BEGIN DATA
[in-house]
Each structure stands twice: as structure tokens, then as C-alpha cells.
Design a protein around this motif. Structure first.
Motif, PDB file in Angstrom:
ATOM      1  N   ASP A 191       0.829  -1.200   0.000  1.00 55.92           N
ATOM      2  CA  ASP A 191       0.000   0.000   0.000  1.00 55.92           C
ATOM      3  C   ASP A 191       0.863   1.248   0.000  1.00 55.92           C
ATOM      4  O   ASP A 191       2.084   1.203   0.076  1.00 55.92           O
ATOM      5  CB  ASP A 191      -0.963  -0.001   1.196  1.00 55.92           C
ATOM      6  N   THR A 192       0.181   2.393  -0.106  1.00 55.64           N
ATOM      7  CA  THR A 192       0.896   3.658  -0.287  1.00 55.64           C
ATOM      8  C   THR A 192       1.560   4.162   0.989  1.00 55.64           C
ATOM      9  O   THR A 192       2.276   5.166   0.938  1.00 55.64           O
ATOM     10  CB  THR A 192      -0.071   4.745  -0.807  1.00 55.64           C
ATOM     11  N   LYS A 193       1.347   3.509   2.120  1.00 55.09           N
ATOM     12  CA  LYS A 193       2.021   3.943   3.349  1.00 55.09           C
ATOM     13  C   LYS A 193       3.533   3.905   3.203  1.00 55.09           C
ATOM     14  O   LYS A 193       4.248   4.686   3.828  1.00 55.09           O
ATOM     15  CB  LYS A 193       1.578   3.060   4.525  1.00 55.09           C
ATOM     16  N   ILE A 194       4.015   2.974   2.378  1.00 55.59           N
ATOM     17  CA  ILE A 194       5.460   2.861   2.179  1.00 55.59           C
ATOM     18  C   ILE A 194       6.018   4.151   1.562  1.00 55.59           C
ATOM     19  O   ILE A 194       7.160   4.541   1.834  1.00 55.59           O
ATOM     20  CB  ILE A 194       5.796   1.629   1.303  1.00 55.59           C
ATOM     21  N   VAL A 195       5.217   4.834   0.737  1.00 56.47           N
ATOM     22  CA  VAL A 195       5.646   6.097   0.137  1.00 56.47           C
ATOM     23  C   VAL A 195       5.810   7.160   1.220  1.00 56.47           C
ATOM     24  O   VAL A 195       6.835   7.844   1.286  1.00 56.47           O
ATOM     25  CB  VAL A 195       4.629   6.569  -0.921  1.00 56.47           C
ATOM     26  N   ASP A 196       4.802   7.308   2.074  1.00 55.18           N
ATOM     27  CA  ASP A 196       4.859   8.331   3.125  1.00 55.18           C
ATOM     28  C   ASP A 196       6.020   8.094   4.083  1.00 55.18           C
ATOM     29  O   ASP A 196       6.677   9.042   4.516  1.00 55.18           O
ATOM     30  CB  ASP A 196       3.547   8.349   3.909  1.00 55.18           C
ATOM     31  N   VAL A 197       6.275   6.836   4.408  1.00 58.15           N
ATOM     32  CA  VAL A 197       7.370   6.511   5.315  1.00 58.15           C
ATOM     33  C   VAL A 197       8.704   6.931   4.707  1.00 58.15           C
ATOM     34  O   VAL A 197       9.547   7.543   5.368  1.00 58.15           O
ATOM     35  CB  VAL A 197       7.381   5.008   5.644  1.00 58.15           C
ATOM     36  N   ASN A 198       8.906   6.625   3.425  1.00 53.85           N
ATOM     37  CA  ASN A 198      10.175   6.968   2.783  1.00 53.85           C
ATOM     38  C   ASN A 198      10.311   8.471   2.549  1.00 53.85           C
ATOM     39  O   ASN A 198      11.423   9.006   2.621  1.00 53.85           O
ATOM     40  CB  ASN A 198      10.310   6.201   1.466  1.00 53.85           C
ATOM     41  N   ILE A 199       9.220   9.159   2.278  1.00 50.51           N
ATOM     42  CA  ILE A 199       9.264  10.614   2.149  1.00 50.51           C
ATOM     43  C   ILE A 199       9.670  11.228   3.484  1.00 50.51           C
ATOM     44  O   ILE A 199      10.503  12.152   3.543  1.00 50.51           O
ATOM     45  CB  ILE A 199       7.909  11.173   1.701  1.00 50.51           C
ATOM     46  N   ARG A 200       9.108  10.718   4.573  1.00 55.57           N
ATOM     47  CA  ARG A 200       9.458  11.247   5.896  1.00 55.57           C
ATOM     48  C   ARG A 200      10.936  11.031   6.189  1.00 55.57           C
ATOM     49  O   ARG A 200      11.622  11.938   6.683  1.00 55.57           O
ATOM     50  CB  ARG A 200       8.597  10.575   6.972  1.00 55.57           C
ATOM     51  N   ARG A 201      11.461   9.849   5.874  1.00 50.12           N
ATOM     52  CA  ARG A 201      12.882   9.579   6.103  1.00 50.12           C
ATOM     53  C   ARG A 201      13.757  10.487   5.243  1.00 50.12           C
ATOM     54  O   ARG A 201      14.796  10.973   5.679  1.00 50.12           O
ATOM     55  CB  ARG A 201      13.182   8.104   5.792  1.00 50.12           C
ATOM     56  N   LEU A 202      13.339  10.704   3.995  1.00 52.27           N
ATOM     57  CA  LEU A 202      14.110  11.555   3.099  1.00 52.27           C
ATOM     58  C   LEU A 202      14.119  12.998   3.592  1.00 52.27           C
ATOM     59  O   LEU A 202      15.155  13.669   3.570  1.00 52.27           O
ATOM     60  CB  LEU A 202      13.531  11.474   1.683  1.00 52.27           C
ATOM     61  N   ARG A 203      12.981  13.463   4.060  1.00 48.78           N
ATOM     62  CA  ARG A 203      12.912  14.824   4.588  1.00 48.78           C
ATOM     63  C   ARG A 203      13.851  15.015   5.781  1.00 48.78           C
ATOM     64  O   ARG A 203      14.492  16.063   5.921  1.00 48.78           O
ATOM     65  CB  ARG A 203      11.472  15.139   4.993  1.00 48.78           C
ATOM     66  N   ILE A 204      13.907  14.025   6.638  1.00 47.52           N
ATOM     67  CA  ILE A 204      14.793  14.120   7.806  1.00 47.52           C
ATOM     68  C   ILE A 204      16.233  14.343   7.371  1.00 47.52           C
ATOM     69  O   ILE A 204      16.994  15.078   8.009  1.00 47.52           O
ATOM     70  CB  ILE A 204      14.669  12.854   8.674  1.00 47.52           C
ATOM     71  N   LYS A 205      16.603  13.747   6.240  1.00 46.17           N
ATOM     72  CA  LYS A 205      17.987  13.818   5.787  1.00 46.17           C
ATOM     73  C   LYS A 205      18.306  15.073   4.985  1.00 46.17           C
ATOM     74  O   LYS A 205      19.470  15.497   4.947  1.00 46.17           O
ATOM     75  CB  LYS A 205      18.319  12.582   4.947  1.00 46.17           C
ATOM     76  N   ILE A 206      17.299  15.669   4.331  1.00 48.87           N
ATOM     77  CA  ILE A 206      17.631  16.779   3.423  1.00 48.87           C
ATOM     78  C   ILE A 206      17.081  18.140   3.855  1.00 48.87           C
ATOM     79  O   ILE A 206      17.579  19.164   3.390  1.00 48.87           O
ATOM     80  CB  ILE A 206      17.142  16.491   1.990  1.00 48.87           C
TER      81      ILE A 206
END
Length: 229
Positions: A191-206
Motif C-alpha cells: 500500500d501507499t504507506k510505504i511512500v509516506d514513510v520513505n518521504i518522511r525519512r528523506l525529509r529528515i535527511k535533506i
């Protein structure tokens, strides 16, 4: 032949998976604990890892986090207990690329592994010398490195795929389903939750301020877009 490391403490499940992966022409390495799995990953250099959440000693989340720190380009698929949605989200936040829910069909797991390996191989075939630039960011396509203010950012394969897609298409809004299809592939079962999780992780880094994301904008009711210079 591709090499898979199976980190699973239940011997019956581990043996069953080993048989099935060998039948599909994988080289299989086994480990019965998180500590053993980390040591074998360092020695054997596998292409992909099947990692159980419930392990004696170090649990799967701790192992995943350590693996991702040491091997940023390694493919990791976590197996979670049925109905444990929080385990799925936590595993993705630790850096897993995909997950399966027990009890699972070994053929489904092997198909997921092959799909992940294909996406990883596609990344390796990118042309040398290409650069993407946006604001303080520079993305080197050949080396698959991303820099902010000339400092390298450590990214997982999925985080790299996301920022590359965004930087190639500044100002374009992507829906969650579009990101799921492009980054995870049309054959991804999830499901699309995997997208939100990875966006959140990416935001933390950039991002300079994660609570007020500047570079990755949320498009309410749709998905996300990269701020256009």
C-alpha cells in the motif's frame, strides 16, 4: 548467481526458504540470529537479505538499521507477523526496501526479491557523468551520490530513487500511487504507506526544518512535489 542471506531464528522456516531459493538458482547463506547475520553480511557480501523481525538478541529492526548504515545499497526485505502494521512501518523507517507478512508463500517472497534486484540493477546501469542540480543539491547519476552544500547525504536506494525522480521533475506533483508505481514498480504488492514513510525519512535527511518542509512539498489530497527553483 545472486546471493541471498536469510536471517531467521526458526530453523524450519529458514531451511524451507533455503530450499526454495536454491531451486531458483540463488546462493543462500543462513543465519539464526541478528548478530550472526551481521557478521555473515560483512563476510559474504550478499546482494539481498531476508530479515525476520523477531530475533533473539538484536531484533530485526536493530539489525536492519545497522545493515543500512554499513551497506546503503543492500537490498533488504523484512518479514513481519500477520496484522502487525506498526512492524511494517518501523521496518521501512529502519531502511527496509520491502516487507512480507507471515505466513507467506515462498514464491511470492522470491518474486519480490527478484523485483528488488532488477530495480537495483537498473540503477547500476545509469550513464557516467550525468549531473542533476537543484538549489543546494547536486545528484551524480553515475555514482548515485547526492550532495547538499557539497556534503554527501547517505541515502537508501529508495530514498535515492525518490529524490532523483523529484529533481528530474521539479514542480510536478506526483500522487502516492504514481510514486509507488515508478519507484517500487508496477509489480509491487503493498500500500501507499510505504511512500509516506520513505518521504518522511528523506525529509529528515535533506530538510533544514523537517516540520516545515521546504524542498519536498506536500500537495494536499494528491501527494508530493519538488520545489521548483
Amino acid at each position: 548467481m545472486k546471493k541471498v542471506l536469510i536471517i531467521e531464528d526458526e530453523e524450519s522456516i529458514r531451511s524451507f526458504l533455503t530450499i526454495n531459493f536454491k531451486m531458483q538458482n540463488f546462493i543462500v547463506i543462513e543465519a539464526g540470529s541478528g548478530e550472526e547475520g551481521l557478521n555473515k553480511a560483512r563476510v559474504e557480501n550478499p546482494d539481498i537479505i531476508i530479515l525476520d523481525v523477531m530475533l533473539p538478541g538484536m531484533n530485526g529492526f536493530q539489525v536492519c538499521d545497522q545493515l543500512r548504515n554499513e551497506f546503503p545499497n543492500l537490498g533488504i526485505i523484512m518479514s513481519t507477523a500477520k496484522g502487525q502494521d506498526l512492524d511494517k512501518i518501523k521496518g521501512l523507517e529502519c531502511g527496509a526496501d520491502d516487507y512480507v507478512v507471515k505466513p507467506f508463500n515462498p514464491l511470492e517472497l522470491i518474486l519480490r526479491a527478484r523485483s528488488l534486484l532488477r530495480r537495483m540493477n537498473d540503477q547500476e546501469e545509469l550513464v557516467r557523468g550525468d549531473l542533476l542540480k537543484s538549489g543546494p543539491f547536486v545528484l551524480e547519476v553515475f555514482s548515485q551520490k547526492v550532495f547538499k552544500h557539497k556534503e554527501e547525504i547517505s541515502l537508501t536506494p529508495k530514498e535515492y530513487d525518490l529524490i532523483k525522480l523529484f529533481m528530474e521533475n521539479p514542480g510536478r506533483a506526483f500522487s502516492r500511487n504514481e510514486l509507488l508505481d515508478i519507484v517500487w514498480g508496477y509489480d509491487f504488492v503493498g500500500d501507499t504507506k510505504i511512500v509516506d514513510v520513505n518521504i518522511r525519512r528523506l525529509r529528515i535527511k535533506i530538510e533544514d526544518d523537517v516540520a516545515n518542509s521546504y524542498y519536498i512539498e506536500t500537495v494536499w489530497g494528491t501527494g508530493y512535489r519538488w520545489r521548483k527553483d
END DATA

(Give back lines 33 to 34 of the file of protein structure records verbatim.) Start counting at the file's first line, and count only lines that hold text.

ATOM     29  O   ASP A 196       6.677   9.042   4.516  1.00 55.18           O
ATOM     30  CB  ASP A 196       3.547   8.349   3.909  1.00 55.18           C